Enter Ms. Arnold. She decided that by altering the genes that produce enzymes, via purposefully-introduced cell mutation that was even slightly closer to the desired results, eventually the cells produced would mutate again and again until they got to a desired point of behaving as she wanted them to.
Since she pioneered this technique in the 1990s and other scientists have followed suit, pharmaceuticals and even chemistries that didn't exist previously have been successfully created via those enzymes. This has meant a reduction in harmful chemicals previously used to create similar effects, but critically, it's also produced a fascinating possibility for future humans: biofuel, created from simple sugars into alcohol via mutated enzymes.
Arnold was asleep in a hotel room in Texas when her phone rang with the news, according to NPR.
"And at first, of course, I thought it was one of my sons, with a problem," Arnold said. "But then it was a wonderful feeling. They told me that I had won the Nobel Prize!"
The cures that began as phages
Meanwhile, the second Nobel Prize winner, Sir George P. Smith, found a class of viruses called "phages," which would actually invade bacteria and hijack their mechanisms. Greg Winter then built upon that work to alter antibodies, which are always on the lookout for foreign invaders in our bodies — specifically, proteins that are the building blocks of invaders such as viruses — and then "tagging" or marking those invader proteins so that other antibodies can collect and mass an attack.
Winter actually changed the genetics of those antibodies so that they'd instead seek the proteins that cause such things as rheumatoid arthritis. Other scientists then took that process and targeted diseases and viral attackers, such as lupus and anthrax. Alzheimer's disease is quite possibly a future target for this, as is metastatic cancer.
"The greatest benefit to humankind"
Screencap from "Announcement of the Nobel Prize in Chemistry 2018" video below
By Nobel Prize Committee
The Nobel committee, in its announcement of the awards, summed it up: "The directed evolution of enzymes and the phage display of antibodies have allowed Frances Arnold, George Smith and Greg Winter to bring the greatest benefit to humankind and to lay the foundation for a revolution in chemistry."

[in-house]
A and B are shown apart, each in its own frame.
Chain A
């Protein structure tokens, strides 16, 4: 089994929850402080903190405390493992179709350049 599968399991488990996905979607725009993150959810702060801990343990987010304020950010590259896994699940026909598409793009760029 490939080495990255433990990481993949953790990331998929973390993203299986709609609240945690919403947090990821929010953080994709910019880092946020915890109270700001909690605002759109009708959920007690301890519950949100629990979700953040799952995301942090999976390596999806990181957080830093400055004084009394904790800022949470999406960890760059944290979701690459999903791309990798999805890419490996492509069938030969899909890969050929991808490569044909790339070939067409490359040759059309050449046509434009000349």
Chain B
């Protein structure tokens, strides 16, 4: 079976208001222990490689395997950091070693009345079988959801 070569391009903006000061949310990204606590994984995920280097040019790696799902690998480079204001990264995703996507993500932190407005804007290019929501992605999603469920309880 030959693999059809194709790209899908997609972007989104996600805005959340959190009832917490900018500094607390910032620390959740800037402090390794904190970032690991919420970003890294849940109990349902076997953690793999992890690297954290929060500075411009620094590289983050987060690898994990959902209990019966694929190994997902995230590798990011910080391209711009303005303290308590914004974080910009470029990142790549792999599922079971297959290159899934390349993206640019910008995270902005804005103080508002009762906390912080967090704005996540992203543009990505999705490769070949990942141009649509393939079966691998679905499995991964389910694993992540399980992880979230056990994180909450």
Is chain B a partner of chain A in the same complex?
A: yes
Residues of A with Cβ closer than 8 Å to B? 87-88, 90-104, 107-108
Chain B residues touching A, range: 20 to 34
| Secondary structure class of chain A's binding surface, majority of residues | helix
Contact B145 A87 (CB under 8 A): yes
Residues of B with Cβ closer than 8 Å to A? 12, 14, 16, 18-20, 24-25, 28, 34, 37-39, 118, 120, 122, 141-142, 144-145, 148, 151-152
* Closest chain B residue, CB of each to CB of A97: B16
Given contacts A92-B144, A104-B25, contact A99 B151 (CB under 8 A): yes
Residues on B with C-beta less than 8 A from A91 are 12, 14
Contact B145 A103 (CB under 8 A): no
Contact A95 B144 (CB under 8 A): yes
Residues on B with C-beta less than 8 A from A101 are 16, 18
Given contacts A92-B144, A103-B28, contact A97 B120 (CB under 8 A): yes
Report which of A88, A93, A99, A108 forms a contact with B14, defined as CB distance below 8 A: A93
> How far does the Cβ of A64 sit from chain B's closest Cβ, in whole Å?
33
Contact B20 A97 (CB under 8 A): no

The announcement as it happened:
Strickland, whose research helped advance the field of laser science, is the only living female Nobel laureate for physics.
- Strickland, a 59-year-old Canadian physicist, helped develop a technique that led to many laser technologies used today.
- Two other women have won the Nobel for physics; one in 1963, the other in 1903.
- Strickland shares the award and $1 million prize with two other scientists, Arthur Ashkin and Gerard Mourou.
The 2018 Nobel Prize in physics has been awarded to three physicists, including one female, for their work in advancing laser science. It marks the third time a woman in physics has won the award.
Donna Strickland, a professor at the University of Waterloo in Canada and self-described 'laser jock', shares the award and a $1 million prize with Arthur Ashkin, a retired American physicist, and Gerard Mourou, a professor at the École Polytechnique in France and University of Michigan.
In the 1980s, Strickland and Mourou developed a technique called chirped pulse amplification, which produces ultra-short and "ultra-sharp" laser pulses through a three-part process that involves stretching, amplifying and compressing a laser beam. The pair outlined their landmark research, which led to the development of many medical tools including those used to perform laser eye surgery, in a 1985 paper. It was Strickland's first time being published.
Ultra-sharp laser beams make it possible to cut or drill holes in various materials extremely precisely – even in living matter. Millions of eye operations are performed every year with the sharpest of laser beams.#NobelPrize pic.twitter.com/MiYb4i8AHw
— The Nobel Prize (@NobelPrize) October 2, 2018